Pegasus Capital

They say “money makes the world go round” and with the frenzy whipped up over black Friday and cyber Monday by those looking to encourage more consumer spending, it’s easy to see why one might think that. However, it looks like it’s really oil that makes the world go round or more precisely the oil price, which is currently having the most impact on the global economy. Oil prices have dropped almost a third to a 4 year low of $70 per barrel and the ramifications of that, both positive and negative, are likely to be the headlines in the year ahead. 

In the US, imports of oil have hit a 30 year low as fracking increasingly fulfils domestic demand, which in turn has reduced manufacturing costs and helped the US economy add 214,000 jobs in October bringing the unemployment level down to 5.8%. No wonder Janet Yellen the chair of the Federal Reserve said at the beginning of the month that the US economy was strengthening and that subsequently US GDP for Q3 was revised upwards to 3.9%. On the back of this the US Dollar has hit a 4 year high the stock markets had a 46th record high of the year and the New York auction season set several records! This might be good news for those that own assets but it is indicative of the increasing wealth gap which is now the biggest since the great depression with the richest 0.1% of Americans owning the same as 90% of the general population.

The European economy which is mostly dependent on oil imports, should in theory be a substantial beneficiary of the falling oil prices but as we have seen this month, this is not yet feeding through into the figures. The European Commission has actually reduced its growth forecasts for the Eurozone to 0.8% from 1.2% for 2014 and to 1.1% from 1.7% for 2015. Manufacturing and factory output remain weak across the Eurozone and with little GDP growth and Italy going back into recession, any benefit from lower oil prices and a weaker €uro should provide some welcome relief. That said, unemployment remains stubbornly high at 11.5% and with inflation dropping to a 5 year low of 0.3%, it may need the ECB to finally announce a Quantative Easing programme to provide the extra stimulus the Eurozone needs.

UK consumer sales appear to be the main beneficiary of falling oil prices as retail sales rise and sales of new cars reach 2 million, up for the 32nd consecutive month, adding to the UK trade deficit which increased by a further £900 million. Both the UK Government and the Bank of England have warned this month of the impact of the global economy on domestic growth and with inflation predicted to drop below 1% we anticipate interest rates lower for longer. However, the OECD has said that the UK should raise rates in 2015 and the Bank of England says they will raise rates if necessary despite the turmoil in the EU. That said, the BoE have also intimated that low inflation is the pressing problem and it could therefore be a way off before rates rise, a view which is supported by an increasing number of analysts who are now predicting 2016.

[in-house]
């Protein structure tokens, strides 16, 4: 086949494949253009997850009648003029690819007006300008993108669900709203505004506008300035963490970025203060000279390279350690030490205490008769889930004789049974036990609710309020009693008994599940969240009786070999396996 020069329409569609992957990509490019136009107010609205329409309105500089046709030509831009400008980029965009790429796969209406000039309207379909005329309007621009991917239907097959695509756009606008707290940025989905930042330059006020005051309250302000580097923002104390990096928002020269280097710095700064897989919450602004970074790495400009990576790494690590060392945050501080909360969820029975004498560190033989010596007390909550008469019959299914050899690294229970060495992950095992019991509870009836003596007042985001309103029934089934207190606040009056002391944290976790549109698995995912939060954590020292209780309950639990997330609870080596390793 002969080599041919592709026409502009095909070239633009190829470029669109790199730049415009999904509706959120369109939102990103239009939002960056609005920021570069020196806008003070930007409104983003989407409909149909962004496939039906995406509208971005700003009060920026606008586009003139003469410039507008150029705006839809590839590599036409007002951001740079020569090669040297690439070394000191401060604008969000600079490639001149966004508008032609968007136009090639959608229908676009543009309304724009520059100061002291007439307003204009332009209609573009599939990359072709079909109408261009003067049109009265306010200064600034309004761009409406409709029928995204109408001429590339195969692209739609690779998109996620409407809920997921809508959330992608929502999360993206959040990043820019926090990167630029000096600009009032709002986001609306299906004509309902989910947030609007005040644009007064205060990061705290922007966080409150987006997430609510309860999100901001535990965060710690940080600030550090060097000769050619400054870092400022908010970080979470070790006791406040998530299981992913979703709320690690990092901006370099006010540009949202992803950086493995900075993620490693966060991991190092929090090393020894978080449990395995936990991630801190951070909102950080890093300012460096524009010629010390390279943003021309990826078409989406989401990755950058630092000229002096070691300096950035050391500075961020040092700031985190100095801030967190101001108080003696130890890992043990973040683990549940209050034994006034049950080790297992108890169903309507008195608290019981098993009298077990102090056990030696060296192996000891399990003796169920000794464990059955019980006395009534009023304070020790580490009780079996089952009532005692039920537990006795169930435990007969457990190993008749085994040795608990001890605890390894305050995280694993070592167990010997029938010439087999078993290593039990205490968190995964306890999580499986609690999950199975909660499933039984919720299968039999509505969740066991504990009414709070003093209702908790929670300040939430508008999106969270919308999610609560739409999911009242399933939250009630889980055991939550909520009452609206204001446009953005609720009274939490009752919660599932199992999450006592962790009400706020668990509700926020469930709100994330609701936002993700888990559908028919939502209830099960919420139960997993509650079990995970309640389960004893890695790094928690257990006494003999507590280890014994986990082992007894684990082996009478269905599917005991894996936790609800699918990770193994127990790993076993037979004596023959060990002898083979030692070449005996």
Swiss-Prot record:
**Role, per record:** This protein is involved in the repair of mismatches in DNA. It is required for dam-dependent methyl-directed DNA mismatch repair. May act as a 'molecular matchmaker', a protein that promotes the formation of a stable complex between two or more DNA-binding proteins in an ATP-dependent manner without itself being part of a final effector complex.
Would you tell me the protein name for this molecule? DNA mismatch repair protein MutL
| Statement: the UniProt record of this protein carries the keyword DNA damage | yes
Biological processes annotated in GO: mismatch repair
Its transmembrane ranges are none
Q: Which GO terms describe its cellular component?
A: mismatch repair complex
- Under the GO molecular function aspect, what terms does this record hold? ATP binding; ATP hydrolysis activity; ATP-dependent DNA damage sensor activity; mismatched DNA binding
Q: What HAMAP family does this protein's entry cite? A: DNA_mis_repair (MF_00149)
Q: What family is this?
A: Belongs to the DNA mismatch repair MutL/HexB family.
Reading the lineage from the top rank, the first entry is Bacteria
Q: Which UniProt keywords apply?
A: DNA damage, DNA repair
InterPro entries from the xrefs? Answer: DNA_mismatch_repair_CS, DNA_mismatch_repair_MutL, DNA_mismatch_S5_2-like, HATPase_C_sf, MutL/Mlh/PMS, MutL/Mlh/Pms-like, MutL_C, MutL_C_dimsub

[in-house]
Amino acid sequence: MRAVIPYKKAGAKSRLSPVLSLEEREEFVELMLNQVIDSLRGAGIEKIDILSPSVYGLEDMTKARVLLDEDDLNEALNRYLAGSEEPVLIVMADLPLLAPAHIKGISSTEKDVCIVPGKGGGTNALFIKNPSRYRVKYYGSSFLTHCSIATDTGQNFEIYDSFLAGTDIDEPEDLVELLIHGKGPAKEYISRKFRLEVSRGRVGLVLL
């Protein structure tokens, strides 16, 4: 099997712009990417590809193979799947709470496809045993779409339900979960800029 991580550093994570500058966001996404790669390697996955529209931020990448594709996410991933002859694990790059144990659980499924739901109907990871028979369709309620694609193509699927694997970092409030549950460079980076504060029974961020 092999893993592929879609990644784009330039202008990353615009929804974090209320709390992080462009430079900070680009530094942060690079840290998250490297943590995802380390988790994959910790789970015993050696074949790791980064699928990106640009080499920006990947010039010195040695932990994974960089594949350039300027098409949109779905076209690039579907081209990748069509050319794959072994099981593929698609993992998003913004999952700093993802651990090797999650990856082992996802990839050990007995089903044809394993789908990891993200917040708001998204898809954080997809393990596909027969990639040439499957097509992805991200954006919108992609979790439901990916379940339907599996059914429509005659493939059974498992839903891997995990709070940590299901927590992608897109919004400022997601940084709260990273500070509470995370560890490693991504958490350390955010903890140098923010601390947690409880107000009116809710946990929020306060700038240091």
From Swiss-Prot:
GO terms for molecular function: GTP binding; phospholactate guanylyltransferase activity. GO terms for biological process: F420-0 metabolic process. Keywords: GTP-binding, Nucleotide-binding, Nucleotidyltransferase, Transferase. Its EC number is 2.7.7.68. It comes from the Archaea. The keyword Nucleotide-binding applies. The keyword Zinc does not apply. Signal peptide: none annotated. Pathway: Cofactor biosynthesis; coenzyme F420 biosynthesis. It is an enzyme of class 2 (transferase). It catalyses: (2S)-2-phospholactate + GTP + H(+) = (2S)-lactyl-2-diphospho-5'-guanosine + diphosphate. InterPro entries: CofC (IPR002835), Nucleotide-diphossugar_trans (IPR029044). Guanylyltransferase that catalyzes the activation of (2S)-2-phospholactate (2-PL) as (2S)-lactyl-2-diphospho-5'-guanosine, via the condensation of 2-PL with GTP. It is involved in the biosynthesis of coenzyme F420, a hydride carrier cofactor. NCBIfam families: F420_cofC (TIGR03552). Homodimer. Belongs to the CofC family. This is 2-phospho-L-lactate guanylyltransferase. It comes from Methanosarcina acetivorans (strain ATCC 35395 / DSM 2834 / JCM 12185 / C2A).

In our monthly recap of the GBP markets, there again was no movement in near term rates: 3mth closed at 0.55% (unchanged) and 6mth closed at 0.68% (-1bp).  Fixed Term rates (longer than 1 year) were all lower: 5 Years closed at 1.48% (-28bp), 10 years closed at 1.97% (-33bp), 20 years closed at 2.35% (-34bp) and 30 years closed at 2.41% (-34bp)

UK Government Bond yields were lower: The 10 year UK Gilt Benchmark closed at a yield of 1.93% (-32bp) and the 30 year UK Gilt Benchmark closed at a yield of 2.67% (-31bp).

GBP future inflation expectations expressed through 20 year Inflation Swaps had the same range as last month, closing at the low of 3.47%, with a high of 3.52%.

In the Foreign Exchange Market GBP was lower against the USD$ at 1.5645 (1.5995) and lower against the EURO at 1.2564 (1. 2771)

Finally, we would like to wish readers’ our best wishes for the festive season and for a happy and successful 2015.

This month we compare the historical price of Brent Crude versus the 10 year GBP Interest Rate Swap fixed rate.

Brent Crude versus 10 GBP IRS.jpg

PegasusCapital - Mon 1st Dec

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A View from the Bridge - Sep 2017

UK GDP increased by 0.3% quarter-on-quarter in Q2, matching the second quarter estimate and the consensus however, the y-o-y growth rate was revised down to 1.5%, from 1.7%. In addition, the latest PMI survey showed a modest deceleration in the rates of expansion in UK manufacturing production and new orders. Exports remain a bright spot and are still rising at one of the strongest rates over the past six-and-a-half years however, manufacturing is also increasingly being impacted by rising cost inflationary pressures due to rising commodity prices and higher import costs from the historically weak sterling exchange rate.
Tags: UK GDP, ECB, FOMC

PegasusCapital - Wed 4th Oct